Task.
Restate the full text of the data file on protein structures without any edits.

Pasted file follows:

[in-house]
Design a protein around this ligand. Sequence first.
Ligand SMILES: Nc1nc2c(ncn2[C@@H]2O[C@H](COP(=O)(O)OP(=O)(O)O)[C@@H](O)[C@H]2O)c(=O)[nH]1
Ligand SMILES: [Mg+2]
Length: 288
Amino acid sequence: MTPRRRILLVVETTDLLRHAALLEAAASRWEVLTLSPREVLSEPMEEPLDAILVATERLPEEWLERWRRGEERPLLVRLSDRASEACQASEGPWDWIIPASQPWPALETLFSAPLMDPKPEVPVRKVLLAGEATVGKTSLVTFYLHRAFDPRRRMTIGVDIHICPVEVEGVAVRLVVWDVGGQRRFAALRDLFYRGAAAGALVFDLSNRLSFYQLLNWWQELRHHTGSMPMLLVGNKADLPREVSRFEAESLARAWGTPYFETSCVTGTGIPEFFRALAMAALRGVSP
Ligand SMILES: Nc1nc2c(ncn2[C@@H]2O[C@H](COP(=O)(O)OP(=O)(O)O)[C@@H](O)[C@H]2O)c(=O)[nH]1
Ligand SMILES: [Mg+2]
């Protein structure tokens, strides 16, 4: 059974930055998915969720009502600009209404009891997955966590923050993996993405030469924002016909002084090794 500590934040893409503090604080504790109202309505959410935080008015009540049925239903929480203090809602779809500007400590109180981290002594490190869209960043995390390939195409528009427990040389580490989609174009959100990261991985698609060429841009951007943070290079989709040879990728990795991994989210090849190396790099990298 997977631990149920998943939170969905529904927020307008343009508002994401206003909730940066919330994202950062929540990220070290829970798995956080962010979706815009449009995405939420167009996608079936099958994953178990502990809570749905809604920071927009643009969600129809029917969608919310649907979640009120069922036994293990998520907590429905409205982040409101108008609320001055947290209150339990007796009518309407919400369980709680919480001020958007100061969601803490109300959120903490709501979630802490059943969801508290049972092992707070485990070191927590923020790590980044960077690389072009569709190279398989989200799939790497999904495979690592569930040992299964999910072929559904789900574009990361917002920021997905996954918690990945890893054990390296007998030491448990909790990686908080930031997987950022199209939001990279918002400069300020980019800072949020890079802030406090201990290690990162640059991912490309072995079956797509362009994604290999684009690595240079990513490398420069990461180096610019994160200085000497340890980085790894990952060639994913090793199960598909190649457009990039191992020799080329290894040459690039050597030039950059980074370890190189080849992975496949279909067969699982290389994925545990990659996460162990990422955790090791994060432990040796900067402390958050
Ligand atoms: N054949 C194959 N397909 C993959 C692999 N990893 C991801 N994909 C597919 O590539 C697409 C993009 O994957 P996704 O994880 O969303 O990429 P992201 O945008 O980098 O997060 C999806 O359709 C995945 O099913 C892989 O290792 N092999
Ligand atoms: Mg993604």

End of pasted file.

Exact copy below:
[in-house]
Design a protein around this ligand. Sequence first.
Ligand SMILES: Nc1nc2c(ncn2[C@@H]2O[C@H](COP(=O)(O)OP(=O)(O)O)[C@@H](O)[C@H]2O)c(=O)[nH]1
Ligand SMILES: [Mg+2]
Length: 288
Amino acid sequence: MTPRRRILLVVETTDLLRHAALLEAAASRWEVLTLSPREVLSEPMEEPLDAILVATERLPEEWLERWRRGEERPLLVRLSDRASEACQASEGPWDWIIPASQPWPALETLFSAPLMDPKPEVPVRKVLLAGEATVGKTSLVTFYLHRAFDPRRRMTIGVDIHICPVEVEGVAVRLVVWDVGGQRRFAALRDLFYRGAAAGALVFDLSNRLSFYQLLNWWQELRHHTGSMPMLLVGNKADLPREVSRFEAESLARAWGTPYFETSCVTGTGIPEFFRALAMAALRGVSP
Ligand SMILES: Nc1nc2c(ncn2[C@@H]2O[C@H](COP(=O)(O)OP(=O)(O)O)[C@@H](O)[C@H]2O)c(=O)[nH]1
Ligand SMILES: [Mg+2]
């Protein structure tokens, strides 16, 4: 059974930055998915969720009502600009209404009891997955966590923050993996993405030469924002016909002084090794 500590934040893409503090604080504790109202309505959410935080008015009540049925239903929480203090809602779809500007400590109180981290002594490190869209960043995390390939195409528009427990040389580490989609174009959100990261991985698609060429841009951007943070290079989709040879990728990795991994989210090849190396790099990298 997977631990149920998943939170969905529904927020307008343009508002994401206003909730940066919330994202950062929540990220070290829970798995956080962010979706815009449009995405939420167009996608079936099958994953178990502990809570749905809604920071927009643009969600129809029917969608919310649907979640009120069922036994293990998520907590429905409205982040409101108008609320001055947290209150339990007796009518309407919400369980709680919480001020958007100061969601803490109300959120903490709501979630802490059943969801508290049972092992707070485990070191927590923020790590980044960077690389072009569709190279398989989200799939790497999904495979690592569930040992299964999910072929559904789900574009990361917002920021997905996954918690990945890893054990390296007998030491448990909790990686908080930031997987950022199209939001990279918002400069300020980019800072949020890079802030406090201990290690990162640059991912490309072995079956797509362009994604290999684009690595240079990513490398420069990461180096610019994160200085000497340890980085790894990952060639994913090793199960598909190649457009990039191992020799080329290894040459690039050597030039950059980074370890190189080849992975496949279909067969699982290389994925545990990659996460162990990422955790090791994060432990040796900067402390958050
Ligand atoms: N054949 C194959 N397909 C993959 C692999 N990893 C991801 N994909 C597919 O590539 C697409 C993009 O994957 P996704 O994880 O969303 O990429 P992201 O945008 O980098 O997060 C999806 O359709 C995945 O099913 C892989 O290792 N092999
Ligand atoms: Mg993604």